Two wins for youth rate abolitionists

End Youth Rates NowFollowing last week’s protest march and gig in Central Auckland, youth rates abolition campaigners won two important victories this week.

First Parliament voted to progress Sue Bradford’s youth rates bill to a final reading, after an amendment was passed limiting the 16 and 17 year olds new entrant provision to 200 hours or 3 months, whichever is the lesser. While this is still not as good as Bradford’s initial bill, which would have removed youth rates for all 16 and 17 year olds, it is an improvement on the watered down and discriminatory version of the bill that emerged later from parliamentary select committee. This shows the impact that union member organised lobbying and campaigning can have on improving workers’ pay.

Speaking on Thursday CTU president, Ross Wilson, said:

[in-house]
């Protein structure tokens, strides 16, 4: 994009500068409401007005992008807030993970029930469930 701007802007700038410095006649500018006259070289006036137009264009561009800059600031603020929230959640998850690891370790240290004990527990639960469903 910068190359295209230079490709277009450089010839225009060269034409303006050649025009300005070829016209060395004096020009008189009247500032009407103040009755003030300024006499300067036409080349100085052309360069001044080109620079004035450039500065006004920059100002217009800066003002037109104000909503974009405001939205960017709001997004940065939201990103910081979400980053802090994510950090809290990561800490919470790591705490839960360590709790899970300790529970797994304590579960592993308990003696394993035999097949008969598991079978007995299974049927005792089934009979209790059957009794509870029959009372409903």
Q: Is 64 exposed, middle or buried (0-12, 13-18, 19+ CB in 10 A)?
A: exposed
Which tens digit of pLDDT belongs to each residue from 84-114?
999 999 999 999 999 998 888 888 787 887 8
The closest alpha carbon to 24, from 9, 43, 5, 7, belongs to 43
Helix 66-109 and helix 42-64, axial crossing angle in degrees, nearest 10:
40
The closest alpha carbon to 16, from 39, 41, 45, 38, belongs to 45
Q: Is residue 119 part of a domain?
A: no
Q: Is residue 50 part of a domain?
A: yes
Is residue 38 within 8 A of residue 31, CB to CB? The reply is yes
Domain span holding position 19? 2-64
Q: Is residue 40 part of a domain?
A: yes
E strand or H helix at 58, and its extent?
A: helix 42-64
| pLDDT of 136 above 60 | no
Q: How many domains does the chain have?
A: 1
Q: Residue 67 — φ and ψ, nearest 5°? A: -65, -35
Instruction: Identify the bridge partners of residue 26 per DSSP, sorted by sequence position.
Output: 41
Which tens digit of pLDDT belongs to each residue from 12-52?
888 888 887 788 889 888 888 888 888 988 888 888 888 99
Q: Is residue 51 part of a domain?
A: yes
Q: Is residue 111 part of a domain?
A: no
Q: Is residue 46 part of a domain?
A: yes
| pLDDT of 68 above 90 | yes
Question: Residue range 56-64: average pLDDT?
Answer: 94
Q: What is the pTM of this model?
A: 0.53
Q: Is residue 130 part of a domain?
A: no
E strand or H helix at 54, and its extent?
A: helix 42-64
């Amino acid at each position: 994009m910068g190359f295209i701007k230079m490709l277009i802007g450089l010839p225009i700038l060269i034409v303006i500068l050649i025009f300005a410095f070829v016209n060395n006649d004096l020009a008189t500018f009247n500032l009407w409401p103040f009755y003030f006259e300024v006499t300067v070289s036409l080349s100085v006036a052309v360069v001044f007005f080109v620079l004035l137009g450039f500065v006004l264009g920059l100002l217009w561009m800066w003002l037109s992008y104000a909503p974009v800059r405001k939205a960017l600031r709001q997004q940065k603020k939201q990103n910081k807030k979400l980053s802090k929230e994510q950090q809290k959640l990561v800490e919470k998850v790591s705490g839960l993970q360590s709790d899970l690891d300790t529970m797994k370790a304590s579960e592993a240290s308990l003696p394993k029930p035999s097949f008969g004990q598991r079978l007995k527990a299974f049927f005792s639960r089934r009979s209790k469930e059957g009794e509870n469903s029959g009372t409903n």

“Last night’s youth rates vote is a huge step forward for thousands of young workers who when this change is implemented will receive a big increase in pay and a recognition that the work they are doing is being properly paid.”

Second, the National Distribution Union has negotiated with Progressive Enterprises, which runs Foodtown, Countdown and Woolworths supermarkets, to raise the base pay rates of its youth workers to the adult minimum wage after they have worked for three months or 200 hours. The deal pre-empts the minimum wage bill and will deliver significant pay increases to thousands of young workers.

TVNZ has video coverage of both these events:

“We work just as hard as the adults do, we should be paid equally as well,” says 15-year-old checkout operator Rohini Sudarsanan who will receive an extra $1.98 an hour – up from her present pay of $8.29.

(thanks to John from Auckland’s Burning for the photo. He also has coverage of the rally from last Saturday.)


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